Origin of the canids


Canids are mammals characterised by pointed canines, teeth designed for an omnivorous diet and a skeleton built for digitigrade locomotion (walking on the toes without the heels touching the ground).
The Canidae family belongs to the Carnivora, an order that developed in the early Tertiary Period in the ecological niches left by the large reptiles that disappeared at the end of the Mesozoic Era.
They began to spread and diversify throughout North America with the appearance of Miacidae, which resembled modern-day weasels. The Carnivora family was at its zenith forty million years ago when it included forty-two different genera. Today, only sixteen genera remain. The modern Canidae family includes three sub-families: Cuoninae (lycaon), Otocyoninae (South African Otocyon) and Caninae (dog, wolf, fox, jackal, coyote).

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Evolution of the canids



The canids started to evolve and diversify at the beginning of the Tertiary Period on the North American land mass with the appearance of a family of carnivores called the Miacidae, which resembled modern-day weasels.


Canids gradually replaced Miacidae, giving rise to the hesperocyon, genus, which was very common approximately thirty-five million years ago. Their skulls and toes showed skeletal and dental features similar to those of modern-day wolves, dogs and foxes, indicating a direct link to these early carnivores.


The Miocene epoch


 saw the appearance of the Phlaocyon genus, which is thought to have resembled a raccoon, and the Mesocyon genus, which had a dental construction similar to that of modern dogs.

The body profile of canids evolved through the Cynodesmus (which looked like a coyote), the Tomarctus and the Leptocyon, gradually taking on the appearance of today’s wolf or even spitz–type dogs with the reduction and coiling of the tail, the lengthening of the legs and extremities, and the reduction of the fifth toe (dewclaw), which enabled the animal to run more quickly.


Appearance of the Canis genus

The Canis genus of the Canidae family did not appear until the end of the Tertiary Period. These animals reached Europe via the Bering Strait during the late Eocene epoch, but seemed to disappear during the early Oligocene epoch as the Ursidae family (bears) grew in numbers. Canis lepophagus migrated to Europe from North America in the late Miocene epoch. This new arrival looked much like the modern dog, although it was closer in size to a coyote.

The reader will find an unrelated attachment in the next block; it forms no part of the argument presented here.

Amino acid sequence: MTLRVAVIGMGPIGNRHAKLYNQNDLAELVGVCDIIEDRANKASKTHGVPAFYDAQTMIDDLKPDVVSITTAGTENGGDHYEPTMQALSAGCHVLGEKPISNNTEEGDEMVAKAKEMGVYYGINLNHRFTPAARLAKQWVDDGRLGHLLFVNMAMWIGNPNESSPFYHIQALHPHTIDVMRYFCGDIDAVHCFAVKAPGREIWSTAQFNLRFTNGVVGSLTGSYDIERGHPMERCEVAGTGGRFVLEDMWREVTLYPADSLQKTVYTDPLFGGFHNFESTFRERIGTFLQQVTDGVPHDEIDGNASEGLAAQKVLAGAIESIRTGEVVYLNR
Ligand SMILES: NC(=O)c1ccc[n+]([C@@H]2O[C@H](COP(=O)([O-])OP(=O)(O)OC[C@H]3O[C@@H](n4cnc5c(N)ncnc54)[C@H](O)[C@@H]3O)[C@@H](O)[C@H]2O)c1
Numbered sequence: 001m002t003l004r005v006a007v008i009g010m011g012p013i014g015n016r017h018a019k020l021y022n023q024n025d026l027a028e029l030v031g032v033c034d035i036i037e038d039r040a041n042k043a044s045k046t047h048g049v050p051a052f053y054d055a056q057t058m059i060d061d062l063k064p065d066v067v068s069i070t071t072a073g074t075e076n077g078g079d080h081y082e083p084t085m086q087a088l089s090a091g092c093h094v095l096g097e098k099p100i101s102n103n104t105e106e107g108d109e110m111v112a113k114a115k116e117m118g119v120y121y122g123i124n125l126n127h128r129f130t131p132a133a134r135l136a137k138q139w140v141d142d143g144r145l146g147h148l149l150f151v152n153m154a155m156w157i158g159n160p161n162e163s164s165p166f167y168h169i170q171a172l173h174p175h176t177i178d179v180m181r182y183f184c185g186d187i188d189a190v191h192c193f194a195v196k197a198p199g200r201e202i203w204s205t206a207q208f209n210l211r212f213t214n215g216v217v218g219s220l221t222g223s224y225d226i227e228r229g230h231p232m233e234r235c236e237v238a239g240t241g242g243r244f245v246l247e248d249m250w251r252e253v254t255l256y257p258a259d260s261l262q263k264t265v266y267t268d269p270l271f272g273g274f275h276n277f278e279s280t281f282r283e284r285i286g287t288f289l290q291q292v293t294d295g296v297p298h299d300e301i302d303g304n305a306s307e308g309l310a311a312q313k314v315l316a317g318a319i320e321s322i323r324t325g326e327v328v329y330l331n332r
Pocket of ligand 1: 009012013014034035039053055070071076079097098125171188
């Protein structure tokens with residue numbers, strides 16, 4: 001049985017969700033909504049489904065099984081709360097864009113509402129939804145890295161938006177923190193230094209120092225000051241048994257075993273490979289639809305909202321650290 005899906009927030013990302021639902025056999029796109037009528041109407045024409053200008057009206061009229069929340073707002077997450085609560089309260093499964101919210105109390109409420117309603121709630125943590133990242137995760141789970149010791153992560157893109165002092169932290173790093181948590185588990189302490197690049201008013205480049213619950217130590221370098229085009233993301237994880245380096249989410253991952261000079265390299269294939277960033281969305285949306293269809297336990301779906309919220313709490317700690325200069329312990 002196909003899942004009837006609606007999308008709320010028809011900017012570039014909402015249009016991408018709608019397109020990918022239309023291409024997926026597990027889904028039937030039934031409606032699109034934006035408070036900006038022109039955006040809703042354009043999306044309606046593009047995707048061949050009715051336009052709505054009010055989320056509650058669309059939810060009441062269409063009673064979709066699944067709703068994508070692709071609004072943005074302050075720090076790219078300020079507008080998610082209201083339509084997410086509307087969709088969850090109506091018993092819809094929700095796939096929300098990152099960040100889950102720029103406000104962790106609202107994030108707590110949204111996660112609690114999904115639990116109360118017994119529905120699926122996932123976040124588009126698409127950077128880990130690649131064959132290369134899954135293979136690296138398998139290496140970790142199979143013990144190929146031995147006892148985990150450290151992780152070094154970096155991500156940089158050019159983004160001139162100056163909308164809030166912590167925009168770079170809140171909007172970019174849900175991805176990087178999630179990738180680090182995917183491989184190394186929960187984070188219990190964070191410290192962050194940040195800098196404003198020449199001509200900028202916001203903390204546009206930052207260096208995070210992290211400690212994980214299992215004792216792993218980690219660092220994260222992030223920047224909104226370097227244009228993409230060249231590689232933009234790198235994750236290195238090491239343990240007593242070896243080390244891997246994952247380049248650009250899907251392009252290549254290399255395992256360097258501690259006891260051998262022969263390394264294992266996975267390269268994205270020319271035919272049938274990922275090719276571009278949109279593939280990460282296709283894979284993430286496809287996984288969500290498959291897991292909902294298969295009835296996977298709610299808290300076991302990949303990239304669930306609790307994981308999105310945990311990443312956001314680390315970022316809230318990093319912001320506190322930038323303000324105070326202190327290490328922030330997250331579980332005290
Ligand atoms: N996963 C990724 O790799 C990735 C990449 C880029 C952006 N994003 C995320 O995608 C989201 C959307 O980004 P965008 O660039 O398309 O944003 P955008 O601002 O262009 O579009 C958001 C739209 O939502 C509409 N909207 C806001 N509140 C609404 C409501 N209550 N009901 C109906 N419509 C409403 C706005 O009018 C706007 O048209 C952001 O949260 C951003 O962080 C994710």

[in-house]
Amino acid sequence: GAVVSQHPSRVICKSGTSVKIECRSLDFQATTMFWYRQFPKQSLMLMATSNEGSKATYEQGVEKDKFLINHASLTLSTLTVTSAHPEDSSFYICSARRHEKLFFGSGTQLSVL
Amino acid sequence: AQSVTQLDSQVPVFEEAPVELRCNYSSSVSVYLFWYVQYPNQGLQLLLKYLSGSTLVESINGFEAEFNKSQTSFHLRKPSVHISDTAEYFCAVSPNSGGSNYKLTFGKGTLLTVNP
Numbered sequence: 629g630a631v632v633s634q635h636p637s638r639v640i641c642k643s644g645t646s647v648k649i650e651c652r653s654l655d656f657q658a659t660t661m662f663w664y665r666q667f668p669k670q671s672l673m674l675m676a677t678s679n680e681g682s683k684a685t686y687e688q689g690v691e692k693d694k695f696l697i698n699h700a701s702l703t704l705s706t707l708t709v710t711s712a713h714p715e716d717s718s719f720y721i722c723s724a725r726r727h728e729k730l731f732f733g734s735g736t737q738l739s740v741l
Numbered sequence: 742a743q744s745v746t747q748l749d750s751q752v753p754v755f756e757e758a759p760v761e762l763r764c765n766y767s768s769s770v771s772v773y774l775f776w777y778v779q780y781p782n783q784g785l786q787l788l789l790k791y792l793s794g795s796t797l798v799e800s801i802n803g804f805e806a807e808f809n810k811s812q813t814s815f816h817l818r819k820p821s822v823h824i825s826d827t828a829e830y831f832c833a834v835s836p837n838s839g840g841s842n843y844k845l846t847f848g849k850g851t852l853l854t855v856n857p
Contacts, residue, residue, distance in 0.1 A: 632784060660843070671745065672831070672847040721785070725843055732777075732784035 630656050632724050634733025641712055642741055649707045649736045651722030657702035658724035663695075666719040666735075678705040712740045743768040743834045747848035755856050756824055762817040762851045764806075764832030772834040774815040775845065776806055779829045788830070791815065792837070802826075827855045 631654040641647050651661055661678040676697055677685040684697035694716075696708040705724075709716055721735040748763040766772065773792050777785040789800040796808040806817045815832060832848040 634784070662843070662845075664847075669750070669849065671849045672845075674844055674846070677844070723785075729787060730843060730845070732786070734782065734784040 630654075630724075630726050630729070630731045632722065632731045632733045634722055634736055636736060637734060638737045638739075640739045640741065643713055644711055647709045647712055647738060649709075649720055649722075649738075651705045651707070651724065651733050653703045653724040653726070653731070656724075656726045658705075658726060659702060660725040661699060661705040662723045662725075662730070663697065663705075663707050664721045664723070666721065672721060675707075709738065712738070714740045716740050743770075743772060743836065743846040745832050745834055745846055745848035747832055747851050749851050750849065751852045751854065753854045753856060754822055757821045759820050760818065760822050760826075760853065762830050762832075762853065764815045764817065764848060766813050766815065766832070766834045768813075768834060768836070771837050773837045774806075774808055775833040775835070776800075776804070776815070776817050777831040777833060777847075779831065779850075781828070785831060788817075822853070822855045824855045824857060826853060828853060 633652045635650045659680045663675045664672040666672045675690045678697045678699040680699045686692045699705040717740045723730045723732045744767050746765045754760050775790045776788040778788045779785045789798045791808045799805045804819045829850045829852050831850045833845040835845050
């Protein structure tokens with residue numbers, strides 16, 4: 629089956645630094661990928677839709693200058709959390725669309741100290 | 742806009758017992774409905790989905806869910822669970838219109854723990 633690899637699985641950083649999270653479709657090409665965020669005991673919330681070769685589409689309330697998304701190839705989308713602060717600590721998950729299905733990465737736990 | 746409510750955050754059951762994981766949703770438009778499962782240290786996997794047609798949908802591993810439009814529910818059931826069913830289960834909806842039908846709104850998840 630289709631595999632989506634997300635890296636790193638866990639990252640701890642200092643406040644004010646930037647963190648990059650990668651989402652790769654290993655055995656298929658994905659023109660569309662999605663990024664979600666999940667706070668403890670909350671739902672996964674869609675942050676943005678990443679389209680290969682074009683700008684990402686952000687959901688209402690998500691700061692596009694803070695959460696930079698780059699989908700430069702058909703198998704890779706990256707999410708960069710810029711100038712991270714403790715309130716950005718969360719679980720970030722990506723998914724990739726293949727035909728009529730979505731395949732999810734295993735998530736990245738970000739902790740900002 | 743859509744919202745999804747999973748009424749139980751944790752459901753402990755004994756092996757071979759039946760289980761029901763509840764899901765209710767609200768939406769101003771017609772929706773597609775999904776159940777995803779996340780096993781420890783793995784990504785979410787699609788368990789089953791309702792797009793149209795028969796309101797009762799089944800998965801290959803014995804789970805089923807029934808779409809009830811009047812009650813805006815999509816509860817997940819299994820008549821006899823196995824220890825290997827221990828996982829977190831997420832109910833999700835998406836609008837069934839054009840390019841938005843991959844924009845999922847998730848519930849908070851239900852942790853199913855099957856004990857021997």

During the Pliocene epoch, these canids spread towards Asia and then Africa. Paradoxically they do not appear to have moved into South America until much later, during the early Pleistocene epoch. Finally humans introduced the genus to Australia around 500,000 years ago, during the late Pleistocene epoch, although there is no proof that these early canids are the ancestors of the modern-day dingo — wild dogs that were brought to Australia by humans a mere 15,000 to 20,000 years ago.

Ancestor of the wolf, jackal and coyote

Canis etruscus (the Etruscan dog) appeared approximately one to two million years ago. Despite its small size, it is thought to be the ancestor of European wolves. Canis cypio, which lived in the Pyrenees eight million years ago, appears to be the ancestor of modern jackals and coyotes.

Archaeological sites in Europe and China

Several varieties of dog have been found buried at archaeological sites in Europe. It is thought that the largest are descended from the large northern wolves, which stood as tall at the withers as today’s Great Dane. They probably gave rise to Nordic dogs and large herders. The smaller ones, morphologically similar to modern-day wild dingoes, are probably descended from smaller wolves from India or the Middle East. Other archaeological finds show the early existence of large dogs in the north.

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